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Study explains severity of 9.2 magnitude Sumatra earthquake

"Our findings explain the extent of the large rupture area, which was a feature of the 2004 earthquake," said researcher Andre Hüpers.

By
Brooks Hays
New research explains the severity of the earthquake that triggered devastating tsunamis in Indonesia in 2004. Photo by UPI Photo/Jacob Kirk/Navy
New research explains the severity of the earthquake that triggered devastating tsunamis in Indonesia in 2004. Photo by UPI Photo/Jacob Kirk/Navy | License Photo

May 25 (UPI) -- New research suggests ancient Himalayan sediments account for the severity of the 2004 earthquake in Sumatra.

The epicenter of the magnitude 9.2 earthquake occurred just west of Sumatra, Indonesia, in December 2004. It was generated by the subduction of the Indian Plate beneath the Burma Plate and triggered a series of tsunamis that obliterated coastal communities throughout Southeast Asia, killing more than 250,000 people.

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In an effort to better understand the dynamics of the devastating quake, researchers analyzed samples collected from deep beneath the floor of the Indian Ocean.

"The 2004 Indian Ocean tsunami was triggered by an unusually strong earthquake with an extensive rupture area," Lisa McNeill, professor of geology at the University of Southampton, said in a news release. "We wanted to find out what caused such a large earthquake and tsunami and what this might mean for other regions with similar geological properties."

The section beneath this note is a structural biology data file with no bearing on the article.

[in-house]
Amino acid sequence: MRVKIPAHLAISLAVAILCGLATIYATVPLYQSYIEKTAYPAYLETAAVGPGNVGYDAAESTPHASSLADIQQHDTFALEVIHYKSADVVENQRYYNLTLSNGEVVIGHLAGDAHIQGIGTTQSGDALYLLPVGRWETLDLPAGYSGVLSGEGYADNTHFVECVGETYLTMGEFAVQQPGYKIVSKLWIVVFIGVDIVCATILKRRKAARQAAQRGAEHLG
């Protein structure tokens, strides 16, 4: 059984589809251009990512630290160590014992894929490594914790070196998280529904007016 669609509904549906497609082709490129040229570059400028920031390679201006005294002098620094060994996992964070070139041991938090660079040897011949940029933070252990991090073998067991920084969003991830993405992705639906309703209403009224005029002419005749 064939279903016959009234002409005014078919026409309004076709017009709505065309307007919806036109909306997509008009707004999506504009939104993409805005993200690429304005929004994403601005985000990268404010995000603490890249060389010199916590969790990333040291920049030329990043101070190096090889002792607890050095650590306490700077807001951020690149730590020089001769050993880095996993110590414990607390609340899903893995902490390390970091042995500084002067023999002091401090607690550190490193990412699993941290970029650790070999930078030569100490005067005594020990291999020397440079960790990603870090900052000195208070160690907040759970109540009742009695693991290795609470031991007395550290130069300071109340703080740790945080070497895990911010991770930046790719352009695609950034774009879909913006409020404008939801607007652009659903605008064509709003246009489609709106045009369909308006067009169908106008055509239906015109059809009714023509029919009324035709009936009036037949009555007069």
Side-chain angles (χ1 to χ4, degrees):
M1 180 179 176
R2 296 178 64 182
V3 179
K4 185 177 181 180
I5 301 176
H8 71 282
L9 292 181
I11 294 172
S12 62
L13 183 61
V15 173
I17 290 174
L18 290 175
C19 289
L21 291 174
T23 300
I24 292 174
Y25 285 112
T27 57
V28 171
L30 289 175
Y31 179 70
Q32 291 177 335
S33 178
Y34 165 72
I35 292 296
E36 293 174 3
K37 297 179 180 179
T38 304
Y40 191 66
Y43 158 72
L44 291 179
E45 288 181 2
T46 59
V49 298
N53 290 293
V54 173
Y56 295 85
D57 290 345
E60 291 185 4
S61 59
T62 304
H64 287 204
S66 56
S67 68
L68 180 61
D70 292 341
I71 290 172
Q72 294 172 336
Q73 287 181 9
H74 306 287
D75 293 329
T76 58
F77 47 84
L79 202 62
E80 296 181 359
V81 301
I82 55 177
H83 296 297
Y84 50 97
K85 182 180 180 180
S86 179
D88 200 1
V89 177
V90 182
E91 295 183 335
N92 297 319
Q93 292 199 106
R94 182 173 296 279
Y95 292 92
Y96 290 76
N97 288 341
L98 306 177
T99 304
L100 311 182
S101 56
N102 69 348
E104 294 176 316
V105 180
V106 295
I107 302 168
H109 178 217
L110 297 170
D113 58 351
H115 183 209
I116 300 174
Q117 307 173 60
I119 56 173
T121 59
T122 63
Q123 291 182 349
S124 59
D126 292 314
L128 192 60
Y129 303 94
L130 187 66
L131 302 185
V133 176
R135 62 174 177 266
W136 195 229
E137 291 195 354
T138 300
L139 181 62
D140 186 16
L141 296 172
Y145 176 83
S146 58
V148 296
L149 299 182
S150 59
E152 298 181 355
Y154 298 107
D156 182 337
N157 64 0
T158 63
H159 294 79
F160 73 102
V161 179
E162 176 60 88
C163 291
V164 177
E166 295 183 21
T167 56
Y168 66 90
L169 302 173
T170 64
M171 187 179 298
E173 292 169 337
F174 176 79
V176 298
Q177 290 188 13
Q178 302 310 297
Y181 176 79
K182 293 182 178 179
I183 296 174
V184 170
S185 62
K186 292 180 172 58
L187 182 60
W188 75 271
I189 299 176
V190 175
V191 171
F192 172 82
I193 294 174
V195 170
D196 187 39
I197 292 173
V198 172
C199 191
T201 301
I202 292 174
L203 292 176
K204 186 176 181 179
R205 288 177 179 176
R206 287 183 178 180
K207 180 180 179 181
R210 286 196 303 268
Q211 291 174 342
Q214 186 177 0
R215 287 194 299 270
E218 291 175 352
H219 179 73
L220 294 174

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McNeill and her research partners found evidence of ancient sediment deposits originating from the Himalayan mountain range and Tibetan Plateau. After analyzing the physical and chemical properties of the sediment layers, researchers built a model to simulate their behavior near a subduction zone.

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Researchers found the thick layers of sediments would have become heated to dehydrated as they migrated toward the subduction zone, creating a stronger, more rigid material which encouraged a more violent fault slip.

"Our findings explain the extent of the large rupture area, which was a feature of the 2004 earthquake, and suggest that other subduction zones with thick and hotter sediment and rocks, could also experience this phenomenon," said Andre Hüpers, researcher at the University of Bremen.

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The findings -- detailed in the journal Science -- could help researchers more accurately estimate the risks of earthquakes in subduction zones with thick, hot sediment and rock.

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